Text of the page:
• When the steering committee blocked presentation of the Citizens’ Plan at an open house for the general public, citizens set up their own table outside the public meeting. Hundreds of residents reviewed the Citizens’ Plan and supported a more sensible approach that infrastructure could support.
  • Subsequently, the town launched an online survey after the public meeting to measure community opinion. They did not include the popular Citizens’ Plan as an option in the survey. Nonetheless, by a wide margin, the survey results showed that the public respondents did not like the plans put forward by the steering committee and town staff, and numerous respondents even wrote into the survey the Citizens’ Plan as their preferred option.
  • When town staff interpreted the results, they reported that the public was mildly in favor of the steering committee plans; this claim was based on combining the “no opinion”, and “undecided” votes with those that favored the steering committee plan, which is a totally unacceptable and invalid method of interpreting survey results.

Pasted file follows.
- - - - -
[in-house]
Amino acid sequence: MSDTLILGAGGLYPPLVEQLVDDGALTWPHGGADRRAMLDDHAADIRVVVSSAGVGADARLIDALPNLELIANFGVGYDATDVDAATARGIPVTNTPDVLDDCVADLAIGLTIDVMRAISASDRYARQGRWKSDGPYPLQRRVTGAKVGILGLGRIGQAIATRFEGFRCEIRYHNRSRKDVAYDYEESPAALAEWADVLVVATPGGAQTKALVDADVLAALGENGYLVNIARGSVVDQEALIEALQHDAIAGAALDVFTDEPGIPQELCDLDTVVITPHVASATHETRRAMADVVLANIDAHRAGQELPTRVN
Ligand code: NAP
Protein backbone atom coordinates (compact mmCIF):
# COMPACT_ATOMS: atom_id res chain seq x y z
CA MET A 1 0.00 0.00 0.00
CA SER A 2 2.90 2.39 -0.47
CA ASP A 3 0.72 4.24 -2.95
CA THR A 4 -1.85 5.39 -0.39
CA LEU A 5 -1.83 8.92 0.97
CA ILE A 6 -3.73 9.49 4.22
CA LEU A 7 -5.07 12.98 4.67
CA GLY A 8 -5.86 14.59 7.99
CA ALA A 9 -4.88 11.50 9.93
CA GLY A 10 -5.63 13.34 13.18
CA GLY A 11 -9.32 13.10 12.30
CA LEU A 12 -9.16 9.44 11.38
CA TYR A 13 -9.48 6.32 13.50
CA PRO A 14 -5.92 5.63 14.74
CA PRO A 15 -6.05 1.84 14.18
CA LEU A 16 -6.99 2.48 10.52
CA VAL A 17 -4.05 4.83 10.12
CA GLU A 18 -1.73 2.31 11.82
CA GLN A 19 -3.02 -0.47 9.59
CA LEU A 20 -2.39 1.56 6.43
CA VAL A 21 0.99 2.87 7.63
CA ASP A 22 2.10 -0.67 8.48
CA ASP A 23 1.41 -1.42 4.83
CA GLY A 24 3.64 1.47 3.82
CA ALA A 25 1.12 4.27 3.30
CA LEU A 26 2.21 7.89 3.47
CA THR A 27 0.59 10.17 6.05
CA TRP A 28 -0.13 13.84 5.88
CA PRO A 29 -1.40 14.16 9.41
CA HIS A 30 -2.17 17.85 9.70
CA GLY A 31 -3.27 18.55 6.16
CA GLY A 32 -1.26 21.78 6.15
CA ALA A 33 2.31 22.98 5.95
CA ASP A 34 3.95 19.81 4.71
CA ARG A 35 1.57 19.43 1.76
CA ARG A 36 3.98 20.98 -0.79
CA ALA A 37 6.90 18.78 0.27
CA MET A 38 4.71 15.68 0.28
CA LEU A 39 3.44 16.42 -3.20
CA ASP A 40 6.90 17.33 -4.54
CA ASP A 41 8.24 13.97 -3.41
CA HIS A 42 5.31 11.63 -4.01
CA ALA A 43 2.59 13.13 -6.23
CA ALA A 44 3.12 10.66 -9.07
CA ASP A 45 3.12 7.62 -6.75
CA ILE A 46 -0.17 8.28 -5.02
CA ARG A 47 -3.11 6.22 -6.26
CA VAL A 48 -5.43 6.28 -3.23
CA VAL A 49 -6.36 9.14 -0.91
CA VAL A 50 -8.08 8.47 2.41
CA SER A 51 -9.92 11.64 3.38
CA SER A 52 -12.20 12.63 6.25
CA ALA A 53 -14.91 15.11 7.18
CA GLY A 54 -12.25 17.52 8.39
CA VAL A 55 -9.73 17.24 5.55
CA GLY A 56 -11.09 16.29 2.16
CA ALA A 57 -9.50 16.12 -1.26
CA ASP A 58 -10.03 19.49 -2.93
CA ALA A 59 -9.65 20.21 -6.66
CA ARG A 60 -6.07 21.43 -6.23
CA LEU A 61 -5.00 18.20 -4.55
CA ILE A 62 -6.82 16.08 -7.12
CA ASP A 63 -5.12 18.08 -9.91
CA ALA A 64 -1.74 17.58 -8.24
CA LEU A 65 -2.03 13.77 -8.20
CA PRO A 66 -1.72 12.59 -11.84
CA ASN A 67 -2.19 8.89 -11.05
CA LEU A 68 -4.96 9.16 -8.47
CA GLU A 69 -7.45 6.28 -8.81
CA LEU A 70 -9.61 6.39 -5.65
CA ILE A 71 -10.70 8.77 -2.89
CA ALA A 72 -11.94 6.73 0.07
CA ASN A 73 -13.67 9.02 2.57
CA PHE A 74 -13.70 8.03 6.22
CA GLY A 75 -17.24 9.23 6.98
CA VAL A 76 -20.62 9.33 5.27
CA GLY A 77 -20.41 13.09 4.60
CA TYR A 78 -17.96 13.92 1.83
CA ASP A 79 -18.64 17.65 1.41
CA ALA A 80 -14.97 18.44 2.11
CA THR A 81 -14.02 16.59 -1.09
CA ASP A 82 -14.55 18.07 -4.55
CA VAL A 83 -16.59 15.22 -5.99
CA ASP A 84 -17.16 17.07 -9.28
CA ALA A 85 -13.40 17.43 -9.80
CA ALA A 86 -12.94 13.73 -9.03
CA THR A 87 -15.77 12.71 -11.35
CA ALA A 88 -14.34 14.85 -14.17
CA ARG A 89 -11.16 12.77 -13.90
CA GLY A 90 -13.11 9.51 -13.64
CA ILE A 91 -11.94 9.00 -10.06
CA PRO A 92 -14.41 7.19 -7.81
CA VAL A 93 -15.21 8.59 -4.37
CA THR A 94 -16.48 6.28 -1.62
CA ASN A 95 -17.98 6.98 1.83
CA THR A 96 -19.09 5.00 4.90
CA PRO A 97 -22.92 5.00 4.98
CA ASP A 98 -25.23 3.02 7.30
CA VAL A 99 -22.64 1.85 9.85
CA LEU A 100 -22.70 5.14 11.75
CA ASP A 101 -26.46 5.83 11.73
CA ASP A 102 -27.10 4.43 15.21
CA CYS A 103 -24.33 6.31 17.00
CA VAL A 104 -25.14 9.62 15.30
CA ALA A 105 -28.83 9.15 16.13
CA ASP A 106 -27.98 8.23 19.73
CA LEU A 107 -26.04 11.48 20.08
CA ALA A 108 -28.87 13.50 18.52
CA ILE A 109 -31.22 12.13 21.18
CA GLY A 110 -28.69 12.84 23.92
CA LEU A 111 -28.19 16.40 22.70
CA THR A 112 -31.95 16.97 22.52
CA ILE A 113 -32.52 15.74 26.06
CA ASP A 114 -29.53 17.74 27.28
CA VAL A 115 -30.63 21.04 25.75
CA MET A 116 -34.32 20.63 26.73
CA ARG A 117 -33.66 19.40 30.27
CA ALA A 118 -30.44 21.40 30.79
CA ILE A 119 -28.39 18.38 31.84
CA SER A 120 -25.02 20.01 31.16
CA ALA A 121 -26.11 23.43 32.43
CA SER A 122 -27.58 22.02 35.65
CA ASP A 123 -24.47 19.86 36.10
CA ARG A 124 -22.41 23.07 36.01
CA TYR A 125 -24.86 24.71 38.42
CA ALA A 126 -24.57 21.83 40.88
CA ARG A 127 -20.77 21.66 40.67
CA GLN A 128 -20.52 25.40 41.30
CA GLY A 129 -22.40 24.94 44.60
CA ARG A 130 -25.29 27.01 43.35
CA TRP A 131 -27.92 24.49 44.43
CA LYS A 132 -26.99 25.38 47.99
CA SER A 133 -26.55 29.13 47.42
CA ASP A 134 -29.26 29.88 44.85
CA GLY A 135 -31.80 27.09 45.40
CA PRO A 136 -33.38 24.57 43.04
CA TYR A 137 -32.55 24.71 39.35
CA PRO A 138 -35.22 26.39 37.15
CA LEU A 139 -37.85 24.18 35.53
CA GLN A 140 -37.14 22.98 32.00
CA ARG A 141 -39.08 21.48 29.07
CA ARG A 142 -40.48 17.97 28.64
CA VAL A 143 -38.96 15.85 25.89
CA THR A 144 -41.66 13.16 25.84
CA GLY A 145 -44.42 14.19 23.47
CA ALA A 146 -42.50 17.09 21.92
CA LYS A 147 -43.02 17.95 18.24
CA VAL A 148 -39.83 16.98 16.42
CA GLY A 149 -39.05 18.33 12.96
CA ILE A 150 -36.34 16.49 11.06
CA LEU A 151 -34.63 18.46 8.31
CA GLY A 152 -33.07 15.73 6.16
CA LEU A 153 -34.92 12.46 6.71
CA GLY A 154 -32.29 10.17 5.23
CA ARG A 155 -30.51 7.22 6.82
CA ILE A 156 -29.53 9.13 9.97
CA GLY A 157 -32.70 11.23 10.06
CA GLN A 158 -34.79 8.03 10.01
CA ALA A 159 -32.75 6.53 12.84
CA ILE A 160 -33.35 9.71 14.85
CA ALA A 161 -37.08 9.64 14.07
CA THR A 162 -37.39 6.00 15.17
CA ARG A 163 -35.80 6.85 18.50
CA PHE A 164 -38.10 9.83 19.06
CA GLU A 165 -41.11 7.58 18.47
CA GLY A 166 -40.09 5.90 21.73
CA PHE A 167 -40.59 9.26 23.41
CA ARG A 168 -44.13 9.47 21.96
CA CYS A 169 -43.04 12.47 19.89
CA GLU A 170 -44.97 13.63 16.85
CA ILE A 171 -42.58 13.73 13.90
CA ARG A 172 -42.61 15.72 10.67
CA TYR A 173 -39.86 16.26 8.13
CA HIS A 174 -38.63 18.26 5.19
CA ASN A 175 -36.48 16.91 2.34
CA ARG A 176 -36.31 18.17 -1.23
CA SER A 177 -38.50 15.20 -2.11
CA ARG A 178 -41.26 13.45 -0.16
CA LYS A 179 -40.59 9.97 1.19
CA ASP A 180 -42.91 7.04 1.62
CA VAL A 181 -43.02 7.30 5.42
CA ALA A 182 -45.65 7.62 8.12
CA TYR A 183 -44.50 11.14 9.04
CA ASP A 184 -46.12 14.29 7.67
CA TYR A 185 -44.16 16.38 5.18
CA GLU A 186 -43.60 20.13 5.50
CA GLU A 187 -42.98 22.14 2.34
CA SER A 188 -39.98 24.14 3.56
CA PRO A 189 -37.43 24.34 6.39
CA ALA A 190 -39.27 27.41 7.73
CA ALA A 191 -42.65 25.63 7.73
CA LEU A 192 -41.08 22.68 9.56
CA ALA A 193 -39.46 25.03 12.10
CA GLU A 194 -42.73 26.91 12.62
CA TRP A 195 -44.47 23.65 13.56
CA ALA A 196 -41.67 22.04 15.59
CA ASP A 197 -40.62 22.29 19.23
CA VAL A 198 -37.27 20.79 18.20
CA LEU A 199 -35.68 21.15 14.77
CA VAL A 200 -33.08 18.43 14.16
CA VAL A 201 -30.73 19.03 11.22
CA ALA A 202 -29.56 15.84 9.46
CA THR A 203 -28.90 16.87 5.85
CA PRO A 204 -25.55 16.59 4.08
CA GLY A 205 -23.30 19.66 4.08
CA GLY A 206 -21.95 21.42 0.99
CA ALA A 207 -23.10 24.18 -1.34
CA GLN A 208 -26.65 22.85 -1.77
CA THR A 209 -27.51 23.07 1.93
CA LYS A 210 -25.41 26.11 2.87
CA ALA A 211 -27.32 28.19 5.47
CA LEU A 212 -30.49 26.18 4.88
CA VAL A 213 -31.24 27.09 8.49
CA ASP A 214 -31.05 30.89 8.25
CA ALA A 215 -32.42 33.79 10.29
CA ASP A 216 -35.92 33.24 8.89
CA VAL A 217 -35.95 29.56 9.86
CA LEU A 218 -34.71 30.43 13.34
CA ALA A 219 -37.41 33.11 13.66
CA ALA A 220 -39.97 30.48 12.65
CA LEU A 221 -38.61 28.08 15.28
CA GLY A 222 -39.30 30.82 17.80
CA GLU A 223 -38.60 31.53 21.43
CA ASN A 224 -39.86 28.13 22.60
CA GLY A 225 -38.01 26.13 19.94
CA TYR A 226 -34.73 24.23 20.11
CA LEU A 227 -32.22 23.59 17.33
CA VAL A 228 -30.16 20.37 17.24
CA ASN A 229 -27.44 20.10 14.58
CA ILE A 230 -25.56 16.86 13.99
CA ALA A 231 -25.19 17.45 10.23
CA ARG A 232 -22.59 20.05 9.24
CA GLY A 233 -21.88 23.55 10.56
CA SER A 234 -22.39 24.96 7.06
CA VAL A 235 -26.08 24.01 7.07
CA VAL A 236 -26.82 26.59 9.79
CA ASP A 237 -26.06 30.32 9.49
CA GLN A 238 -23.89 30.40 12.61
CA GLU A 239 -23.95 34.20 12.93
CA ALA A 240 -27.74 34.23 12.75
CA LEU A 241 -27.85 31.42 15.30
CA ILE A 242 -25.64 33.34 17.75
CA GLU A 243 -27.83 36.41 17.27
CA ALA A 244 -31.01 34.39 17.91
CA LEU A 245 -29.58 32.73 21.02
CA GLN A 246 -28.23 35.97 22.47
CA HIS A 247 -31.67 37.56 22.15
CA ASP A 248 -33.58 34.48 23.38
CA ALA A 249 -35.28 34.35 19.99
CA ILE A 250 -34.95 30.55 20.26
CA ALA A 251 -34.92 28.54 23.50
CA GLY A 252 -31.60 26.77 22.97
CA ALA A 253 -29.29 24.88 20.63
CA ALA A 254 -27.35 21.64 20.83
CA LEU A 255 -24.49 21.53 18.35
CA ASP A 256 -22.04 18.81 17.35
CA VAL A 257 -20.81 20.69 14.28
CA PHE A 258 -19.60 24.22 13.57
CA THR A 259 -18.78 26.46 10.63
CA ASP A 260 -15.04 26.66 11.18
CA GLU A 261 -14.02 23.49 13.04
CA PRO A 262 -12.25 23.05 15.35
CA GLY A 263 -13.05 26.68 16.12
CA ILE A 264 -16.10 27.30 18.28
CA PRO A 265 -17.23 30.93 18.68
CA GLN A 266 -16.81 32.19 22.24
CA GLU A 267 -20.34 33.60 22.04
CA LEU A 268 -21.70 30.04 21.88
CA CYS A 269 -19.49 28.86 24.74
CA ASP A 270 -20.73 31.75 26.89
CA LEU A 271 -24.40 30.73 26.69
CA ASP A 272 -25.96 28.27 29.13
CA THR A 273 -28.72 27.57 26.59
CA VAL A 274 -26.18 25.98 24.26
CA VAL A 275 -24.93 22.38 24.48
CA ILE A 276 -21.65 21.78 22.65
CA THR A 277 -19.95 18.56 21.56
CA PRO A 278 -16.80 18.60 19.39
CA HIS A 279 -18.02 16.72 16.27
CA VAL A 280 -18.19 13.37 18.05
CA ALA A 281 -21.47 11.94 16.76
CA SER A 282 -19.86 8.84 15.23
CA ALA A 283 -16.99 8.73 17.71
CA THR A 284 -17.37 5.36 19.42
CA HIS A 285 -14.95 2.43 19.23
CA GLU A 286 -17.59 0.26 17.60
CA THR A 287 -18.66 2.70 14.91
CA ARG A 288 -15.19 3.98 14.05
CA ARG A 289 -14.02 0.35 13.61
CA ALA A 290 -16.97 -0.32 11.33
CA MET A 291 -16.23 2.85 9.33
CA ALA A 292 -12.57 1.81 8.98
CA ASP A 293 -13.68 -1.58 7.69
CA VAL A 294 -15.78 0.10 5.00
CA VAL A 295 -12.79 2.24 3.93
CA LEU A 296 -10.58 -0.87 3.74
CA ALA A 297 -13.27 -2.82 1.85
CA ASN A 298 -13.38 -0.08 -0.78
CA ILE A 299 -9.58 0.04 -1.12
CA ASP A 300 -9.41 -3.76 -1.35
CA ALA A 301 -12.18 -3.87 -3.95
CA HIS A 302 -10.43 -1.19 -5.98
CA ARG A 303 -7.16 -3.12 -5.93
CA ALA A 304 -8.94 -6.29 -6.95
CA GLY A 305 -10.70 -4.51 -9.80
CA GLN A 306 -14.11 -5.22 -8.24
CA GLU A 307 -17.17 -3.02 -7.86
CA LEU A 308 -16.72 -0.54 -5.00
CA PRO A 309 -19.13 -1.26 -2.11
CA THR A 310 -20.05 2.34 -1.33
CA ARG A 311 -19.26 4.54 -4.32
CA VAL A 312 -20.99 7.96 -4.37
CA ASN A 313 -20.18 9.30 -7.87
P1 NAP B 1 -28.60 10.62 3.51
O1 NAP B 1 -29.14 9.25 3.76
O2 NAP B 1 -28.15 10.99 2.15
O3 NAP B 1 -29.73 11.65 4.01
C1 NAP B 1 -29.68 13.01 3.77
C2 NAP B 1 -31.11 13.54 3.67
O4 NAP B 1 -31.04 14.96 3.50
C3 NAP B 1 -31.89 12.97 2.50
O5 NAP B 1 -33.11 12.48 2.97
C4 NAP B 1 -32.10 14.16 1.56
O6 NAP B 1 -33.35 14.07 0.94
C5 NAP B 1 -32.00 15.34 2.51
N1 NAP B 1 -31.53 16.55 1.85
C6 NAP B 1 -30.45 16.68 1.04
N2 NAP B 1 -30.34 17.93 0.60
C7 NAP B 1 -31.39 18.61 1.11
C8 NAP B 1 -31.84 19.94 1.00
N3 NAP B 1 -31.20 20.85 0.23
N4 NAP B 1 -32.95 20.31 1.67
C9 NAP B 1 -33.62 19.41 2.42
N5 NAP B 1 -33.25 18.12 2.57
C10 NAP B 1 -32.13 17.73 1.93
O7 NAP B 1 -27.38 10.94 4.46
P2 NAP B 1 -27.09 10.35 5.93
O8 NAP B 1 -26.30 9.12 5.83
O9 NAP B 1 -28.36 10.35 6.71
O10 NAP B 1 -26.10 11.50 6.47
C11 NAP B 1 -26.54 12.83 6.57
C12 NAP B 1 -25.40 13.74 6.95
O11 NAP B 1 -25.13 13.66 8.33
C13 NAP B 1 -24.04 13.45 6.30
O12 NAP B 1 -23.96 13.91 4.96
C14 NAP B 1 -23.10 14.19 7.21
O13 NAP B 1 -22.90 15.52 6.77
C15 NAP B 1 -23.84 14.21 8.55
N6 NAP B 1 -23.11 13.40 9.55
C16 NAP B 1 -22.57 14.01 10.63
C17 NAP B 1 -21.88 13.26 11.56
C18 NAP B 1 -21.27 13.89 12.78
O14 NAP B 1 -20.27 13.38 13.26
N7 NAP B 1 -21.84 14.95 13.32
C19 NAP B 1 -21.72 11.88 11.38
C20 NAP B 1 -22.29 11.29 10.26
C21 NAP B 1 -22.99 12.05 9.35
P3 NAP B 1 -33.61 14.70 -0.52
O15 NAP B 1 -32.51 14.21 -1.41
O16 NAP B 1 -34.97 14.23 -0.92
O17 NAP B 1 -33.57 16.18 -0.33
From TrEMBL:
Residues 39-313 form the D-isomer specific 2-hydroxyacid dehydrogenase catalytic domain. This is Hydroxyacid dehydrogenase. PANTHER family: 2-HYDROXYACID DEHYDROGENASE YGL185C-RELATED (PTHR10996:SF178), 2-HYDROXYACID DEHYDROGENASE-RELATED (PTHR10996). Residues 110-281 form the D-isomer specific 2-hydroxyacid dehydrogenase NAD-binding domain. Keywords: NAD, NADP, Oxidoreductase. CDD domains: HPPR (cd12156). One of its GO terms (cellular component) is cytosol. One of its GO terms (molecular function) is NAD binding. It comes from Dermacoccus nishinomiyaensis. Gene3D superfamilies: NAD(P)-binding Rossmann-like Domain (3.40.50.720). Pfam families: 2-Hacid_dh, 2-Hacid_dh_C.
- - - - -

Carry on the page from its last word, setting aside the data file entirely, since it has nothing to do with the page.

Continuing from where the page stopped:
• In November 2013, the Town Council approved a “Small Area Plan” for Central West. Despite a request from the public, the Citizens’ Plan was not included in the final report. In response to public demands, a key part of the Council resolution was an agreement to pursue a town-wide traffic analysis of the impact of new developments throughout the town. This resolution is only available via the recording of the meeting as the resolution was not included in the minutes nor in the final version of the SAP. To date, the Council and town staff have not yet carried out a town-wide traffic analysis regarding the impact of all new development approved and in the pipeline.

The timing of the development of the land along Estes Drive will be affected by the operation of Horace Williams Airport, which UNC is still maintaining in operation. Currently, one of the property owners in the Central West area has requested an amendment of the Airport Hazard Overlay Zoning District in conjunction with an application to sell land for the construction of a senior living facility. The SAP will be used by the Town Council as a framework for assessing this and future development in the area.

Key lessons from Central West:

  • It appeared that town staff and Town Council members believed that high densities were desirable before the steering committee process even started and this influenced the directions given to the Consultant (e.g., preparation of maps/plans favoring residential buildings up to 8 stories in height).